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What is the meaning of this passage from The Surprising Adventures of Baron Munchausen, chapter 20?

He is also to carry, under a large cloak, a utensil in each coat pocket, instead of those four which Sir William has very properly fixed for private purposes in so conspicuous a situation, the great quadrangle.

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  • Just to be clear, you want to know what this passage means?
    – KillingTime
    Sep 22, 2022 at 12:30
  • Yes, you are quite right, I've benn trying to translate this passage into Georgian since the morning, but in vain.
    – Vazha Jishkariani
    Sep 22, 2022 at 12:55

1 Answer 1

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This is somewhat guesswork, but I think in modern terms he is saying that the man is to carry with him two chamber pots, discreetly under his coat, as opposed to the four chamber pots which have been placed in a very public location in the quadrangle (i.e. the courtyard) of Somerset House.

The full text of the paragraph in question is as follows:

Since my arrival in England I have accomplished what I had very much at heart, viz., providing for the inhabitant of the Cheese Island, whom I had brought with me. My old friend, Sir William Chambers, who is entirely indebted to me for all his ideas of Chinese gardening, by a description of which he has gained such high reputation; I say, gentlemen, in a discourse which I had with this gentlemen, he seemed much distressed for a contrivance to light the lamps at the new buildings, Somerset House; the common mode with ladders, he observed, was both dirty and inconvenient. My native of the Cheese Island popped into my head; he was only nine feet high when I first brought him from his own country, but was now increased to ten and a half: I introduced him to Sir William, and he is appointed to that honourable office. He is also to carry, under a large cloak, a utensil in each coat pocket, instead of those four which Sir William has very properly fixed for private purposes in so conspicuous a situation, the great quadrangle.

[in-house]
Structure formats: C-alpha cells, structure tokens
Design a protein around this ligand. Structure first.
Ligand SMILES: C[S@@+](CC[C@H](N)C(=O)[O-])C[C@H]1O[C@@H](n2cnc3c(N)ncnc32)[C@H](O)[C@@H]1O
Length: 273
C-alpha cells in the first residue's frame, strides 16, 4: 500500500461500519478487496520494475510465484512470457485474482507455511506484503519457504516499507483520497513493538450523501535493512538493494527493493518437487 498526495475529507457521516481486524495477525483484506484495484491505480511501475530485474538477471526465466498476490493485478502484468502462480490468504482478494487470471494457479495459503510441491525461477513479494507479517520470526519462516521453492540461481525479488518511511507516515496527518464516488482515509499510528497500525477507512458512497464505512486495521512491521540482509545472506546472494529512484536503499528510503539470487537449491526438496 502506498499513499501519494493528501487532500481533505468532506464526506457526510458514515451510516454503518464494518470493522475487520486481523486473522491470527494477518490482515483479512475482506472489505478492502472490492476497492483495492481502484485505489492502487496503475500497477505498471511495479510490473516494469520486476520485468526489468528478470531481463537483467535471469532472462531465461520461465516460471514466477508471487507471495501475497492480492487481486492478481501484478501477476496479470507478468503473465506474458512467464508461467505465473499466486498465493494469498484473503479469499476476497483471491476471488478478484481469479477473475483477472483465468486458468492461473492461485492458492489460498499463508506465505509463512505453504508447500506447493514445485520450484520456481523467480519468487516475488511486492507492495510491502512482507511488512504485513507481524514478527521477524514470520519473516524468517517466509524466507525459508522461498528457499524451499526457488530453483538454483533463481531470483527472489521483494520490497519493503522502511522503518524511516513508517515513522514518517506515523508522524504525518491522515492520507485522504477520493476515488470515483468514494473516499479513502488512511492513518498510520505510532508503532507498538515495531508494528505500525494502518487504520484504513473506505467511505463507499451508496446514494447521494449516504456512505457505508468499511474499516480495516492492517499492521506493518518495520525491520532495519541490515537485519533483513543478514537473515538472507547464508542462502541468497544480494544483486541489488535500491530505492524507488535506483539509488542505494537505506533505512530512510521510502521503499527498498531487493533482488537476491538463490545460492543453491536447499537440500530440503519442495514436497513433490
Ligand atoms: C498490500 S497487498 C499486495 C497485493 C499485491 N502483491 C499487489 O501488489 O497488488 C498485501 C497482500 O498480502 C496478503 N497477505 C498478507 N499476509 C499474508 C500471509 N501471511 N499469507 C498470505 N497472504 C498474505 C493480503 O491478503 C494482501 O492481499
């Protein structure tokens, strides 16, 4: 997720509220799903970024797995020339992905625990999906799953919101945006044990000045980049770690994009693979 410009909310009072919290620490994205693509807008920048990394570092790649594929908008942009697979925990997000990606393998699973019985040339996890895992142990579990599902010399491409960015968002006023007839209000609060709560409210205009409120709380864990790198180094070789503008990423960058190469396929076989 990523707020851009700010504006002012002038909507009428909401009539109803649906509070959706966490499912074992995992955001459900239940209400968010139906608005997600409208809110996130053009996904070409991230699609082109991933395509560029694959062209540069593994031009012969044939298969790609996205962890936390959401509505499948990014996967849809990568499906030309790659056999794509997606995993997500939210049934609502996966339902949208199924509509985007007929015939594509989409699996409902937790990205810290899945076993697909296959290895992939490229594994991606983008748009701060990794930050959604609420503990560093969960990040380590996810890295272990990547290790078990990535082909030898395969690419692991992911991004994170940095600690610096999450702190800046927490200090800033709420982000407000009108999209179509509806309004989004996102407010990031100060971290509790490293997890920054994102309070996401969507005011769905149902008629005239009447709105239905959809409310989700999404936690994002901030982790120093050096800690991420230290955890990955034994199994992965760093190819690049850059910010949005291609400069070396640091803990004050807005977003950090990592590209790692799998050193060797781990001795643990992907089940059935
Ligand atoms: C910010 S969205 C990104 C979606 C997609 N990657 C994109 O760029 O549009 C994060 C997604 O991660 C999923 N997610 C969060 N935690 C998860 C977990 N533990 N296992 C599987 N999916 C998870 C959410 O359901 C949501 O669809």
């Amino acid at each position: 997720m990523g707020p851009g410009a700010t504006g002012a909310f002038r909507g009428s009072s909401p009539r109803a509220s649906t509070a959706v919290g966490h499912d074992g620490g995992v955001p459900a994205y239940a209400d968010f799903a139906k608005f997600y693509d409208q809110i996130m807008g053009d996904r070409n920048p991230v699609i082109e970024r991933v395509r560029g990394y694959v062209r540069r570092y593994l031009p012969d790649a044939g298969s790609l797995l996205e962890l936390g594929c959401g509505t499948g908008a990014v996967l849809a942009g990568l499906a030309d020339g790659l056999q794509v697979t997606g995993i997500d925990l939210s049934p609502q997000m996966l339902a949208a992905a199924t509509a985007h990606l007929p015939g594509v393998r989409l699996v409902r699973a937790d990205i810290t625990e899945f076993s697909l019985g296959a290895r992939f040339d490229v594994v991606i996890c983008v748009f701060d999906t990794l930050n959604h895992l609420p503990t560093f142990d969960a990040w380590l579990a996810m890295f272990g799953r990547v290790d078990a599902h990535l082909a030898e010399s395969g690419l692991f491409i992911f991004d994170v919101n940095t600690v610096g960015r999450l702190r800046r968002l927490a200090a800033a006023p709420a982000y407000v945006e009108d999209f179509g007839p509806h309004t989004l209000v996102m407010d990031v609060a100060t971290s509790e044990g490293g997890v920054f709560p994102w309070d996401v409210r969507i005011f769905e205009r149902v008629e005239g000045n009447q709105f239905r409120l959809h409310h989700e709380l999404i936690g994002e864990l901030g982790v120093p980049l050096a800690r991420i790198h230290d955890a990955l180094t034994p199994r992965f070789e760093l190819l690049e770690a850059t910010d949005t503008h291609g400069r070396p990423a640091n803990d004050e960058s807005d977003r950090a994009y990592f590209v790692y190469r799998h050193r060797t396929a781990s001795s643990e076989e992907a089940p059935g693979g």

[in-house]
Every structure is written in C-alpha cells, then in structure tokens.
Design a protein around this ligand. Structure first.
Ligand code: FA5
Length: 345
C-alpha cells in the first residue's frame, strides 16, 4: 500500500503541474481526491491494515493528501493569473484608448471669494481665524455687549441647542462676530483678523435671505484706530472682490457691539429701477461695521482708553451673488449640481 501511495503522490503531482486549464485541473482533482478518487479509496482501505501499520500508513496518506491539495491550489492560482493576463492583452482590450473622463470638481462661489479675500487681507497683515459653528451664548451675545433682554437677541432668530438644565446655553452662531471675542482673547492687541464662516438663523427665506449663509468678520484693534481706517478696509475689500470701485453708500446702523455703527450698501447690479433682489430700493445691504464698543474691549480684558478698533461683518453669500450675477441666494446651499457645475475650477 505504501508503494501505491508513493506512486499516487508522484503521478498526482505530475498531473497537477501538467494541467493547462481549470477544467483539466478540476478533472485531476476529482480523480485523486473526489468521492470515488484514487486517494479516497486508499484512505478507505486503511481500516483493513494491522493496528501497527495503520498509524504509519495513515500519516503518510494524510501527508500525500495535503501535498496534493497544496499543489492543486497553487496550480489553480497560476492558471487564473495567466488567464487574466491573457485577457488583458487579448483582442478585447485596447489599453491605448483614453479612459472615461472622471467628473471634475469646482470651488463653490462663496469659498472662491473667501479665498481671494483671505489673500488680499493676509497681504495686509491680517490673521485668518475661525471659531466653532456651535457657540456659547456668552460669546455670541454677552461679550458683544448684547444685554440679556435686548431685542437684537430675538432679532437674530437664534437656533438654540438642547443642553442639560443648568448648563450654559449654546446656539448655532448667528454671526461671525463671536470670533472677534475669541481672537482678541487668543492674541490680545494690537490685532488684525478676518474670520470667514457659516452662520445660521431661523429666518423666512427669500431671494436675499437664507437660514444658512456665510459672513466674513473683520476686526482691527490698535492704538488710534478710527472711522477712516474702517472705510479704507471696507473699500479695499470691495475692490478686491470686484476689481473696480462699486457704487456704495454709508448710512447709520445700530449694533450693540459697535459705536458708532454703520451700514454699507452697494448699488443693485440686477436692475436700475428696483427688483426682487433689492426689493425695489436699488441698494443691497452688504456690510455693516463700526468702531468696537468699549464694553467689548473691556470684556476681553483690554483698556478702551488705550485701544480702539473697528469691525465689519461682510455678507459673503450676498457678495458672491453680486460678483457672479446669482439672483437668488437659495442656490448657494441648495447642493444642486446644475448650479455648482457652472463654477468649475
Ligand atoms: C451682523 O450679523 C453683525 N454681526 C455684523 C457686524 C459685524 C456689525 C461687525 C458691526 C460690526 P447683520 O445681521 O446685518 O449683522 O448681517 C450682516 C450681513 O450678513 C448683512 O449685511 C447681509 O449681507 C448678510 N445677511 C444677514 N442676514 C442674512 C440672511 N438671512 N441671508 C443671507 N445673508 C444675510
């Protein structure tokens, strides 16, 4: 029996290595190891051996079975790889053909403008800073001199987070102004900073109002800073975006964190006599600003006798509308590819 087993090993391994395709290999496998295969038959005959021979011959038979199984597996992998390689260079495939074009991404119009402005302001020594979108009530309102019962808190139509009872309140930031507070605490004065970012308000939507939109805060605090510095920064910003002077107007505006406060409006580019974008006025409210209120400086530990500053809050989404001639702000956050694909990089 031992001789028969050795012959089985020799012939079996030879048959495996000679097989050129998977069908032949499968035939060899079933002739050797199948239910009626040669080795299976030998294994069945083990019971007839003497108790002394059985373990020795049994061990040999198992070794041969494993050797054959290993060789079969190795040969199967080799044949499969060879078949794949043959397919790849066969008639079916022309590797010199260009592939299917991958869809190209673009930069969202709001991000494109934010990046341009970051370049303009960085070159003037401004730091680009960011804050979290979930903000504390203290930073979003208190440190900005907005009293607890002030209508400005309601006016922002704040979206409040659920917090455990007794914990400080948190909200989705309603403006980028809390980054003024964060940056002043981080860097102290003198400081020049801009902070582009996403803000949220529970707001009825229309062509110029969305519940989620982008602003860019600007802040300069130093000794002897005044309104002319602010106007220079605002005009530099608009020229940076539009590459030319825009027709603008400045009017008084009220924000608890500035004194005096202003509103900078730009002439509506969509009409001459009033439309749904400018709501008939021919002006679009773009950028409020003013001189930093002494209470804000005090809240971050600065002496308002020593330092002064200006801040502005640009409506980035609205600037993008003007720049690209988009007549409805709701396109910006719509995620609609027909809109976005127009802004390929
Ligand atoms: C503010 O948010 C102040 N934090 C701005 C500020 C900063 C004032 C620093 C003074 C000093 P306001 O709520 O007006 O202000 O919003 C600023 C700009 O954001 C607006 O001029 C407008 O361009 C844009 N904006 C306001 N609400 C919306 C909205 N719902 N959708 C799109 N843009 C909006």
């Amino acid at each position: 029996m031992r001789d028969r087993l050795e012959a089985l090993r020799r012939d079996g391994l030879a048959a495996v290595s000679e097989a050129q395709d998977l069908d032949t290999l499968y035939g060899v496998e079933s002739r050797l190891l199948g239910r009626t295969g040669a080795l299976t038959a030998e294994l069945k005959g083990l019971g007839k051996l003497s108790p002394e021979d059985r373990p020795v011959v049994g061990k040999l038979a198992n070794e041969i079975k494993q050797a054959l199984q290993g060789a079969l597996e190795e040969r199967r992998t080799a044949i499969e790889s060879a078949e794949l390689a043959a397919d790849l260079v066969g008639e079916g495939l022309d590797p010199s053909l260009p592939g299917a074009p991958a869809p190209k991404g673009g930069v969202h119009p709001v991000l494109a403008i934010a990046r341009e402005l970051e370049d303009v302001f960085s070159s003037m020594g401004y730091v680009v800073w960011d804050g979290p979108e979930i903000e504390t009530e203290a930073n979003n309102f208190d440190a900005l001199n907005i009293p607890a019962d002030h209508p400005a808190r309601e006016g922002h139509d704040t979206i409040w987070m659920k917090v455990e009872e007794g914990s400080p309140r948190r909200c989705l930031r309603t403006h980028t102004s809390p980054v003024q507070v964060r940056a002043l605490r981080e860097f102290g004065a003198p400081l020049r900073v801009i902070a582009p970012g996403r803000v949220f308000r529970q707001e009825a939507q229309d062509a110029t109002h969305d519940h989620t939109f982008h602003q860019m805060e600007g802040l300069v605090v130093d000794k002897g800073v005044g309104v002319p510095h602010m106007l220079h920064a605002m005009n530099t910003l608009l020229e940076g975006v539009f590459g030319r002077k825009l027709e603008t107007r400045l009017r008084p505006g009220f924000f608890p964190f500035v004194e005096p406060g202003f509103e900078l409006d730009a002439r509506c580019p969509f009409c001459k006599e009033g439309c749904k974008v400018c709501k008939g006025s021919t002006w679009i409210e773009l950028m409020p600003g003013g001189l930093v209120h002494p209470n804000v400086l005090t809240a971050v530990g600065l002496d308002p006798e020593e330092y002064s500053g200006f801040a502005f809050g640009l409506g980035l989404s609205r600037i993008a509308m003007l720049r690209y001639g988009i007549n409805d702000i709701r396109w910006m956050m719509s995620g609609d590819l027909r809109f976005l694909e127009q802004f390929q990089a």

This makes it clear that the great quadrangle in question is the one at Somerset House. Sir William Chambers is the man who was commissioned to design and build the new buildings at the site: https://en.wikipedia.org/wiki/Somerset_House#Somerset_House_(Sir_William_Chambers,_1776)

As the wikipedia article says, "In addition to applying a rich scheme of architectural decoration, Chambers enhanced the exterior of Somerset House with a multiplicity of sculptures and other visual embellishments." My guess is that some of these embellishments were compared at the time to chamber pots, and so the author is here poking fun at them. A utensil (short for chamber utensil) is another word for a chamber pot: https://en.wikipedia.org/wiki/Chamber_pot

Thus, the paragraph is saying that the Cheese Islander native, as well as lighting the new lamps at Somerset House (presumably they were high off the ground), is to carry around chamber pots, so that people can use the in private instead of having to go in public in the ones in the quadrangle. This is of course very tongue in cheek, as in reality the embellishments were not chamber pots at all.

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  • Thank you very much, I appreciate your support and am very grateful to you for your help.
    – Vazha Jishkariani
    Sep 22, 2022 at 13:37

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